All too often we have heard stories about the care system detailing horrendous abuse, by individuals and by institutions. It is probably rarely shared that despite these examples, for which there are no excuses, there have always been people dedicated to genuinely caring and making a difference to those children whose circumstances bring them into the care system.
Through no fault of their own, these children are the victims and we as a society should be doing all within our power and abilities to give them the very best care, support and love, to enable them to recover from their trauma.
What this story does highlight is that although not inherently bad, David’s experience was not necessarily the best either. But for the time (1960’s and 1970’s) it was perhaps well intentioned and acceptable. It allowed him the space to begin to come to terms with his circumstances and introduced him to the start of his journey into faith.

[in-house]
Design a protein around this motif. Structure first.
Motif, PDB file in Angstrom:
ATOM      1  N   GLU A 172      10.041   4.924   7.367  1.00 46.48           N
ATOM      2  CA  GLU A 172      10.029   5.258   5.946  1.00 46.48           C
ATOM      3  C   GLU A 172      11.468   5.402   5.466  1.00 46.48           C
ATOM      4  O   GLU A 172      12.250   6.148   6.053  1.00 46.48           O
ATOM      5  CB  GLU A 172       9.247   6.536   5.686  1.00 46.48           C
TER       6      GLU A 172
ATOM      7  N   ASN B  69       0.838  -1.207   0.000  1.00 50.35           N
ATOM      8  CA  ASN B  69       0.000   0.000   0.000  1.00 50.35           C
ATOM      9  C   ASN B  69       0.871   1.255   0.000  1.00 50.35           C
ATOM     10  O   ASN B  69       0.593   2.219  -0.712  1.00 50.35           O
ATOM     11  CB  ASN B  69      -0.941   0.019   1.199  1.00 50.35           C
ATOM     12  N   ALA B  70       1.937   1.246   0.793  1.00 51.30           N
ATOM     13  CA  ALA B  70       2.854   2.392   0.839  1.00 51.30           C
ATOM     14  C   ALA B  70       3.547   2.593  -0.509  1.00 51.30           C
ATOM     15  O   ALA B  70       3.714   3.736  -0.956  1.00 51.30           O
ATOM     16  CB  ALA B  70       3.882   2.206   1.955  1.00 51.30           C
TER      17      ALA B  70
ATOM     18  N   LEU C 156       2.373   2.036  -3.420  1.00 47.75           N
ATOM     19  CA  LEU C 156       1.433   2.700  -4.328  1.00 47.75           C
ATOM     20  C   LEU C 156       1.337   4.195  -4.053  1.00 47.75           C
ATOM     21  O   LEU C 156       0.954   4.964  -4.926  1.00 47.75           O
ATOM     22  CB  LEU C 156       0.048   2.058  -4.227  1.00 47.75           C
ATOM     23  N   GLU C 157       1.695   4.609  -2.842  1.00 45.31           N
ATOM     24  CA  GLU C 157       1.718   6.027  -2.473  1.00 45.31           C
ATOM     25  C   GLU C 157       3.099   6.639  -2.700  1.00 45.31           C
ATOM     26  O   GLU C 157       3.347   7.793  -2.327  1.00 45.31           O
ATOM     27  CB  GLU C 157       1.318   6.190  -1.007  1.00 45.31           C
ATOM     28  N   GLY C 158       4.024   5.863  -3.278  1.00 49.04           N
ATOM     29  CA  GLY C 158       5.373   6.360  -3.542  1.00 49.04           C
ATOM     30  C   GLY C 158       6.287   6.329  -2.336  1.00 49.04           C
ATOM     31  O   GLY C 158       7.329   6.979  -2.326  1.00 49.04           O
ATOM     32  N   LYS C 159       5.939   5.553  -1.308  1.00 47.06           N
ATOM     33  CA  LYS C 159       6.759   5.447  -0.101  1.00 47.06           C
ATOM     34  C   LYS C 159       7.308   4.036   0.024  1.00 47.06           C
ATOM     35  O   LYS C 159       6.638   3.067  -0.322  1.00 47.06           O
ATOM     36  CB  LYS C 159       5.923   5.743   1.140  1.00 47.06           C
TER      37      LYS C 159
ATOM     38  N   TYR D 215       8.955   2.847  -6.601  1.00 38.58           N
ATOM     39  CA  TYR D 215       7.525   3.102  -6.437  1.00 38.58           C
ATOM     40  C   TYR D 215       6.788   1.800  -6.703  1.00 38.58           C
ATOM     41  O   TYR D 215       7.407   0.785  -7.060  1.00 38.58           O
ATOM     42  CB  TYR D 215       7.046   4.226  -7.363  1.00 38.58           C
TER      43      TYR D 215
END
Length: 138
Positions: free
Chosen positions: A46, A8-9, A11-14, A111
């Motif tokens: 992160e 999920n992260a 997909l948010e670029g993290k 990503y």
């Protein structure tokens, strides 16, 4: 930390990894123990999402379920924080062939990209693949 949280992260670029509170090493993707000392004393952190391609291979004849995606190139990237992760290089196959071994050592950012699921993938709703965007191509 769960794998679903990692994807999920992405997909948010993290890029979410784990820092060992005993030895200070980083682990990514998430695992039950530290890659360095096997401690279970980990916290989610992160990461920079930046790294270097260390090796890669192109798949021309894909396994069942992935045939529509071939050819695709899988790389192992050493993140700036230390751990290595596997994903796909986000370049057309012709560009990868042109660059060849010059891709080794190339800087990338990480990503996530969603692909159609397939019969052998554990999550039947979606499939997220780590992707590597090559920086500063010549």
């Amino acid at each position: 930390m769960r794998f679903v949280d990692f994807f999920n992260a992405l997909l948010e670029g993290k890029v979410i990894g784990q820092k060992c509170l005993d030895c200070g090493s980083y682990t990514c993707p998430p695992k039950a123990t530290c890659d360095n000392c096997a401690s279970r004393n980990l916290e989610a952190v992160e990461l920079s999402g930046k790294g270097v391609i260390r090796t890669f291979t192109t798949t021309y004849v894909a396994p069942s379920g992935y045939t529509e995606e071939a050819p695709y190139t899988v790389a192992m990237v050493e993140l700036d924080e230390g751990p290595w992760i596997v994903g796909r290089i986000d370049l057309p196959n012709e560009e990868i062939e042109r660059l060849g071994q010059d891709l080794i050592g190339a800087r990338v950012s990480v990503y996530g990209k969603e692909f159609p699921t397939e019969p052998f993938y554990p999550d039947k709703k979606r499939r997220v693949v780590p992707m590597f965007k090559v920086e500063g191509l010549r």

As a Foster carer it is really helpful for me to read a first-hand experience of being a child in care. Not so much the system or experience of being in a home, as thankfully things have moved on, but more to read about David’s feelings and emotions that he remembers with such clarity. His fundamental emotional need to be accepted, loved and to be the same as other children. Not to be different. It is exactly the same that we still see now from children in care and like David, they are rarely able to voice it.
His troubling behaviours resulting from his circumstances, are sadly similar to the behaviours still seen in children in care now, perhaps with more sympathetic solutions than David experienced.
After leaving care, it still takes David a long time, a lifetime really, to come to terms with his childhood experiences. Highlighting again how vital and formative our early years are.
David’s story is a great testimony – to him, his determination and learned resilience, as well as a testimony to his journey into faith, which became a backbone to his healing.
Thank you David for your bravery in sharing your story and for the insights that it offers.
Sixteen Years in Care by David Meader, is available here.
Thanks to the publisher for a gifted copy in exchange for an honest review.